People with their eyes trained on Chris Kemp -- NASA's ex-CTO who left the agency about two years ago to create a startup -- may have started to think that his cloud computing machine plans were made of pure vapor. But this week Kemp and his team launched Nebula, which makes the Nebula One controller -- an enterprise cloud computer designed to make the setup of large cloud server arrays a simpler process, devoid of unnecessary setup and maintenance.
When connected to servers from other manufacturers via the 2u slot on a server rack, the Nebula One's operating system turns all hardware into a unified cloud array that relies on the OpenStack cloud software platform API. Administrators who buy into Nebula One (pricing starts at about $100,000) can scale up: it supports 1,600 processor cores, 9.4TB of memory and 2.3PB of storage space. In this way, even a company with enormous space needs can create its own hosted cloud solution, rather than relying exclusively on renting space from companies like Google and Amazon.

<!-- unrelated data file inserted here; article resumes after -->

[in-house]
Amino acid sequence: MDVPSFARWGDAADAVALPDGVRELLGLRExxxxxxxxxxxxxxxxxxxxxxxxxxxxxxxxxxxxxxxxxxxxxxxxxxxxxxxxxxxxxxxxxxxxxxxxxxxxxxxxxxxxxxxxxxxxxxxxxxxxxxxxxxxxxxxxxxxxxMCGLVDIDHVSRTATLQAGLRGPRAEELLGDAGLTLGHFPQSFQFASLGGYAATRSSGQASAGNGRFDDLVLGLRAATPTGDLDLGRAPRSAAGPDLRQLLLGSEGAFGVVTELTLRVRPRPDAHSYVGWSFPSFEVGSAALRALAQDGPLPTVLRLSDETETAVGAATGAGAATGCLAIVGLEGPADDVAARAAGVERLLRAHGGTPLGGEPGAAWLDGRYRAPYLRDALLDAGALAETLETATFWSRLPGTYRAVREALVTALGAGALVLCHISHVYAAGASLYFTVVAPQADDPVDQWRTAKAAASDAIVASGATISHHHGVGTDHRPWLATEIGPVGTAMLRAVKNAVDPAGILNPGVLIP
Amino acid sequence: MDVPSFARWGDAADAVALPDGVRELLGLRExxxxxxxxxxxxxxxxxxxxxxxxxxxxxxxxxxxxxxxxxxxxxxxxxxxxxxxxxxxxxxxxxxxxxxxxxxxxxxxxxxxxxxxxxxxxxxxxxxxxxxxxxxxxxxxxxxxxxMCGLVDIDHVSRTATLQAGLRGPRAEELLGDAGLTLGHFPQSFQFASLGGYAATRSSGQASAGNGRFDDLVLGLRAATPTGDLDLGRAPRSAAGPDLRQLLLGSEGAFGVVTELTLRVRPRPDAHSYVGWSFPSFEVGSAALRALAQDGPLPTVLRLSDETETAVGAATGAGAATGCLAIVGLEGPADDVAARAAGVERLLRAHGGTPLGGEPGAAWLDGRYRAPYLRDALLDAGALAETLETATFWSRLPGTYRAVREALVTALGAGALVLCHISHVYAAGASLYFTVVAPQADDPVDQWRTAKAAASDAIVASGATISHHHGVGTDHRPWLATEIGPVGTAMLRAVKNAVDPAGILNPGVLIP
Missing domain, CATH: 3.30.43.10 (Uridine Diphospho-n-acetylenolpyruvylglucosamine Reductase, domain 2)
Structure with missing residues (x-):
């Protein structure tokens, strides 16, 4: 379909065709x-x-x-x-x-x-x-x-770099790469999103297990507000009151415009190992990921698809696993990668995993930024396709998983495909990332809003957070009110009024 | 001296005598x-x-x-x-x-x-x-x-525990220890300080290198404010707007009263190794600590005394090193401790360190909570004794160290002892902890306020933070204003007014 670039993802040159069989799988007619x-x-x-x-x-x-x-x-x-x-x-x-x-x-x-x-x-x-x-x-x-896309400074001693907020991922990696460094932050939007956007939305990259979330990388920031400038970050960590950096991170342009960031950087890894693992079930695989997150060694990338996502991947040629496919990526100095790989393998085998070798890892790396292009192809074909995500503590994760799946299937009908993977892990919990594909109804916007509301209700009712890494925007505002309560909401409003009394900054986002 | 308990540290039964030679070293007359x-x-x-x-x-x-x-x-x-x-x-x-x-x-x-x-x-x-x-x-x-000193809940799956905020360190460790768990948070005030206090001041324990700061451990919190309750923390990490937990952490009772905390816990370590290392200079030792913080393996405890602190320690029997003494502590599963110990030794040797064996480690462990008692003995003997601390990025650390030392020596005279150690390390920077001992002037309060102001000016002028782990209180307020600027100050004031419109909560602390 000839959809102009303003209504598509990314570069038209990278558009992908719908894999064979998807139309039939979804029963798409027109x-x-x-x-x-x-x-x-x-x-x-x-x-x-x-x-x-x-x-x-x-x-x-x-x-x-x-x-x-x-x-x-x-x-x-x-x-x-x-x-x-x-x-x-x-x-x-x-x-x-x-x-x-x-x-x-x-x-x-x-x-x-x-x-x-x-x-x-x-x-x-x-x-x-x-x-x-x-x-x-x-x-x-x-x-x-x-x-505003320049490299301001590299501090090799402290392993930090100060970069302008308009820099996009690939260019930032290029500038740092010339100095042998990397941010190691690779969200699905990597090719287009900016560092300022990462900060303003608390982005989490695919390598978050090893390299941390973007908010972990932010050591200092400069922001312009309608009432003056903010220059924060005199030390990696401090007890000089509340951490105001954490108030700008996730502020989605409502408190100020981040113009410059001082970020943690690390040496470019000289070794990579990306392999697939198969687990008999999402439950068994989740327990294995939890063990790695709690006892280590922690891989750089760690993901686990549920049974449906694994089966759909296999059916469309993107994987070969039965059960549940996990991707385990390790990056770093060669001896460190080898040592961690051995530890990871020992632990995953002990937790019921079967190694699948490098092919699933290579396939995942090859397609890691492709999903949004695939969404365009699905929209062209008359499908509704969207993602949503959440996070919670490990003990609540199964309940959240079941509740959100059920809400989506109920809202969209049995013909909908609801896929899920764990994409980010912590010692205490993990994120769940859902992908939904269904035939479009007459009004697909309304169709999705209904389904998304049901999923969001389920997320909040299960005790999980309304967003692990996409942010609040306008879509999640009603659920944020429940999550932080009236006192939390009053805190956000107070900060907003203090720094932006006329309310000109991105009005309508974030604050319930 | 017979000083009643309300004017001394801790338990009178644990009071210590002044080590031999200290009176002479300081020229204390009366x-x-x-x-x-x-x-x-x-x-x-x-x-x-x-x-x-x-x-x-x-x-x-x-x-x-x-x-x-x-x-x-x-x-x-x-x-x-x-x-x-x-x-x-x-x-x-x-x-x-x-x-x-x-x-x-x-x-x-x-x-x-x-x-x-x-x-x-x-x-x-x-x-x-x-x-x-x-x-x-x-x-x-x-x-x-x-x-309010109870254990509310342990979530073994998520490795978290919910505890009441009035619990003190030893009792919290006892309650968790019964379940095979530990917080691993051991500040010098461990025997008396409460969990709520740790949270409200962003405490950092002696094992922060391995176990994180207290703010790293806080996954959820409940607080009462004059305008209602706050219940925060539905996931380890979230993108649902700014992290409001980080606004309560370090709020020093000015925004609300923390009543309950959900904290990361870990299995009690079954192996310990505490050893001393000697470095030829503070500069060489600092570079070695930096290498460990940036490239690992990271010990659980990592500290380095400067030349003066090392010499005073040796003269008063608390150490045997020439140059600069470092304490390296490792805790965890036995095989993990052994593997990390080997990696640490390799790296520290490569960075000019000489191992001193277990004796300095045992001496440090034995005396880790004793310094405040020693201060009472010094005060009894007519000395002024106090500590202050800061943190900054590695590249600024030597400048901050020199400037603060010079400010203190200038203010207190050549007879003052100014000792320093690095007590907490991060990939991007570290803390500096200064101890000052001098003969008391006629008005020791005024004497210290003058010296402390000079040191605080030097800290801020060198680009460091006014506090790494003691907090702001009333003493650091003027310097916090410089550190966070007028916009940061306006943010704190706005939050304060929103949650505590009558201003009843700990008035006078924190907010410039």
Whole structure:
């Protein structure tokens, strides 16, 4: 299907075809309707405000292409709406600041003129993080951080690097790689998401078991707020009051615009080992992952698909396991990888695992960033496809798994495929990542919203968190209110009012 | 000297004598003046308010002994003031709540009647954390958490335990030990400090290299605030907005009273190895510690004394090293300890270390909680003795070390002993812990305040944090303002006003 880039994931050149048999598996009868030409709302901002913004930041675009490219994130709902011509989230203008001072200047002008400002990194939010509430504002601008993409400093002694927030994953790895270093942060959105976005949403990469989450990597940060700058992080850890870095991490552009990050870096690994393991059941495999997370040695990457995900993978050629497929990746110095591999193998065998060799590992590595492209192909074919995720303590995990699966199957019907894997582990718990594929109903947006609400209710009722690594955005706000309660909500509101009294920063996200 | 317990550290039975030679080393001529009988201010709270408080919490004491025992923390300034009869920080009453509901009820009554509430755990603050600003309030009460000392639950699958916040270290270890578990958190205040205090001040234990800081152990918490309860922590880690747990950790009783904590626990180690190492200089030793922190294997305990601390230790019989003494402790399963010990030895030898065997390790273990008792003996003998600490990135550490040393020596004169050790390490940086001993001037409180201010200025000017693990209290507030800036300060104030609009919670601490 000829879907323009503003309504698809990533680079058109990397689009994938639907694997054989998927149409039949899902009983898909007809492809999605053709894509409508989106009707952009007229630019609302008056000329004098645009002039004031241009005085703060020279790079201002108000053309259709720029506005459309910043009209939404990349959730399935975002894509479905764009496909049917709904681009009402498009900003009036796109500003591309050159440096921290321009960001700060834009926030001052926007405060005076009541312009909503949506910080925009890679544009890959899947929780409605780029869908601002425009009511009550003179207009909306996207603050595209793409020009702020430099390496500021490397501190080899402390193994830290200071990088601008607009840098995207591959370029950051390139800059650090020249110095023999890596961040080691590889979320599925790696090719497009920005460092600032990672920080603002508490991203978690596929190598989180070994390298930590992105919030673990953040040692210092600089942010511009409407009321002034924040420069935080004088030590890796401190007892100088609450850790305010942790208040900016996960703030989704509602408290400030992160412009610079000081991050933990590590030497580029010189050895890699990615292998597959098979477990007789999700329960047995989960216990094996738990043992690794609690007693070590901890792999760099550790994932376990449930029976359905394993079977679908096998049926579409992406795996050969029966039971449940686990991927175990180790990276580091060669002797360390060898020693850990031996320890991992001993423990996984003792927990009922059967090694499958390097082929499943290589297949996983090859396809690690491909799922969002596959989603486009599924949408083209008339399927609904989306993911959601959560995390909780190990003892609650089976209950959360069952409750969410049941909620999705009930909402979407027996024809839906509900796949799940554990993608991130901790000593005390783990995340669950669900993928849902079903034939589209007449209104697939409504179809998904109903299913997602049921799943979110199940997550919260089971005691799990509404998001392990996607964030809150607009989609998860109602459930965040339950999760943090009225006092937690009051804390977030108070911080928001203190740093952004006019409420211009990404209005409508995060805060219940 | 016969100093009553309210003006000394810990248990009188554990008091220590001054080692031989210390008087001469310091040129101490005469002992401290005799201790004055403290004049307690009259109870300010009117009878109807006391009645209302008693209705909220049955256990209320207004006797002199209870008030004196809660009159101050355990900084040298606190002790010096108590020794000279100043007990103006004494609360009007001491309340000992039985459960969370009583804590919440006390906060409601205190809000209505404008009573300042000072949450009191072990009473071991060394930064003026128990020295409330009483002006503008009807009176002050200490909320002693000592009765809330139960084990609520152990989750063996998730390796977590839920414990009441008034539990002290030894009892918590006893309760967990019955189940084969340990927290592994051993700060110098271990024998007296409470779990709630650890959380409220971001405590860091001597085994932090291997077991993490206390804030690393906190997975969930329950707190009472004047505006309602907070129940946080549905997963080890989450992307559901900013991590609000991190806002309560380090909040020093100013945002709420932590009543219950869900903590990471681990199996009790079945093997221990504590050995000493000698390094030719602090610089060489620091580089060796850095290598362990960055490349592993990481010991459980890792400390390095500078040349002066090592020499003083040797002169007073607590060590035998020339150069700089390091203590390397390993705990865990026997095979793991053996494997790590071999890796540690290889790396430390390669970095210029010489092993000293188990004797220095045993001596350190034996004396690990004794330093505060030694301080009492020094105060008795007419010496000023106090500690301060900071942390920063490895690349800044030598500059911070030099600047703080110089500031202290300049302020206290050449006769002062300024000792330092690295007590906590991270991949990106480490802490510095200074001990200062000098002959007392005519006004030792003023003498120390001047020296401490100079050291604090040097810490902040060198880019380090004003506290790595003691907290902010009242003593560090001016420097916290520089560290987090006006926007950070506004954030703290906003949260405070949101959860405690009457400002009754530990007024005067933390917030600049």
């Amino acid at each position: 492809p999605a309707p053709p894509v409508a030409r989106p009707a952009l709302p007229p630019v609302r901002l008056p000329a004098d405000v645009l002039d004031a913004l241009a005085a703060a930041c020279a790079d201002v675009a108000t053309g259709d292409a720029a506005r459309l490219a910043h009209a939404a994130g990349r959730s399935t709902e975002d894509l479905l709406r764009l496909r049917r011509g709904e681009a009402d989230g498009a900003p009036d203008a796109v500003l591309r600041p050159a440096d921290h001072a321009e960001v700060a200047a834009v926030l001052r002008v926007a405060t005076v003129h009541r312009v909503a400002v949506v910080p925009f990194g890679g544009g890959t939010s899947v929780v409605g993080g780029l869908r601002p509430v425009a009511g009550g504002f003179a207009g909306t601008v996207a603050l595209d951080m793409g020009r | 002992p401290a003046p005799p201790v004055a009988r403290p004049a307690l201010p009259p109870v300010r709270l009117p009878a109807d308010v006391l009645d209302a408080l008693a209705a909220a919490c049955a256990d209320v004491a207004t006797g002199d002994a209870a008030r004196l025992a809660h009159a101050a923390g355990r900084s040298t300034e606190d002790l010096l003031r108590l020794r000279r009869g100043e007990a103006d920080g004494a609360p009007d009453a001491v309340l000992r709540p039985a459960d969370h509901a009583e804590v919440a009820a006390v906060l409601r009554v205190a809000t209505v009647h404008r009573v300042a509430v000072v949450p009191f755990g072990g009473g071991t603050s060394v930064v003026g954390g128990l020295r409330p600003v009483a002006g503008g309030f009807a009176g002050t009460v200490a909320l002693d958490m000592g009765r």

Nebula is already talking about one of its first customers: PARC, the well-known research and development group, will use Nebula One as its "private cloud infrastructure," and believes the hardware/software solution will cut down on months of time spent cobbling together cloud server tools.
Rachel Rosmarin's technology experience goes back a decade to the dawn of Wi-Fi, smartphones and the Mp3. She has an in-depth knowledge of consumer electronics and has cultivated her love of useful new toys and innovative social software at publications including Tom’s Guide, Forbes, 2.0, Sound & Vision and Mobile Magazine. She holds degrees in Journalism and Science In Human Culture from Northwestern University and is based in Los Angeles.
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